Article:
Sometimes we have so much to learn, that we must spend the first two years organizing and planning how we will navigate through the material, as seen in this quote from scientists following the Apollo expeditions.
The Lunar Science Institute’s summer study on post-Apollo lunar science arrived at a number of conclusions and recommendations. Some conclusions were: Lunar science would evolve through three rather distinct phases. For two years immediately following Apollo 17, high priority would be given to collection, organization, and preliminary analysis of the wealth of information acquired from the exploration of the moon. In the next two years (1975 and 1976), emphasis would shift to a careful first look at all the data. In the next years, investigations would be concentrated on key problems.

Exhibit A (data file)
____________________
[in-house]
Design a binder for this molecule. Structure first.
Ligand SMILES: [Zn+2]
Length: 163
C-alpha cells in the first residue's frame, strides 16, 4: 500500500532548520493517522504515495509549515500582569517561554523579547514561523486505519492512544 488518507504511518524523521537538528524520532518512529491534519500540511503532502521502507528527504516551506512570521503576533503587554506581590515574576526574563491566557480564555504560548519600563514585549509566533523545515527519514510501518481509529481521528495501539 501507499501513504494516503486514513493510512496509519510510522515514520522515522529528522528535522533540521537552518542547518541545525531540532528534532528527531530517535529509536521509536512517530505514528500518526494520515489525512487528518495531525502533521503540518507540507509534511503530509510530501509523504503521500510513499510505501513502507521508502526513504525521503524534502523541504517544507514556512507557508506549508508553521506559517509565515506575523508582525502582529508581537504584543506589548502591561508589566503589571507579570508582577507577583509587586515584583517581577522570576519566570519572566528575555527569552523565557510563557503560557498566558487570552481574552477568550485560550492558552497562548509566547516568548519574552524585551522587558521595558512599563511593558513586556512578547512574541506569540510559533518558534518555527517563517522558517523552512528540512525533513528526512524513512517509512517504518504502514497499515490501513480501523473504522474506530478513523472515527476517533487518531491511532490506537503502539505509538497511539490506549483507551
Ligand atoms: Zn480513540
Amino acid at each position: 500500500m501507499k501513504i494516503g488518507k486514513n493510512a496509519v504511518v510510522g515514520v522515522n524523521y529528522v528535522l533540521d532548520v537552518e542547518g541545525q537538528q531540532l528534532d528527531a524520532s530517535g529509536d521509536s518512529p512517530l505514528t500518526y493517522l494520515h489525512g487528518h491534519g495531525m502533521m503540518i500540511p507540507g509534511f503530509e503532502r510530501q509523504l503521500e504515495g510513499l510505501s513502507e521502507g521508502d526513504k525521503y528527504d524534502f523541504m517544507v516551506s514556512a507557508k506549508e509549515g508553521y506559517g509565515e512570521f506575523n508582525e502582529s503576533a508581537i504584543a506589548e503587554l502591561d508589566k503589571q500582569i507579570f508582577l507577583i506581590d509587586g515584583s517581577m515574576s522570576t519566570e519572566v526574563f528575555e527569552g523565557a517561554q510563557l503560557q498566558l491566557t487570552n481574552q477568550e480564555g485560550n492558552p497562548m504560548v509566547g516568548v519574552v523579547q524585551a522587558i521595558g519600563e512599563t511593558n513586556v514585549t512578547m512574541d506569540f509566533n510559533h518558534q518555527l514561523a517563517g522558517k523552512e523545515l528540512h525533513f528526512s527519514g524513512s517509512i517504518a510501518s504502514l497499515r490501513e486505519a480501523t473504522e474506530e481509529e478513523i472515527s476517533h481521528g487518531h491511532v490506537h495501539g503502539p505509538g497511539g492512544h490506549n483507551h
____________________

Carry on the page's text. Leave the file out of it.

Some recommendations were: The tasks being carried out by NASA to preserve and describe the samples, data, and photographs, and to make them available to the scientific community would need to continue for the next few years. The lunar sample curatorial facility at MSC was absolutely essential to lunar science objectives. The ALSEP network and the subsatellite should be operated continuously as long as significant new findings derived from their operation.Ltr., Joseph W. Chamberlin, Lunar Science Institute, to John Naugle, NASA Hq., July 15, 1972.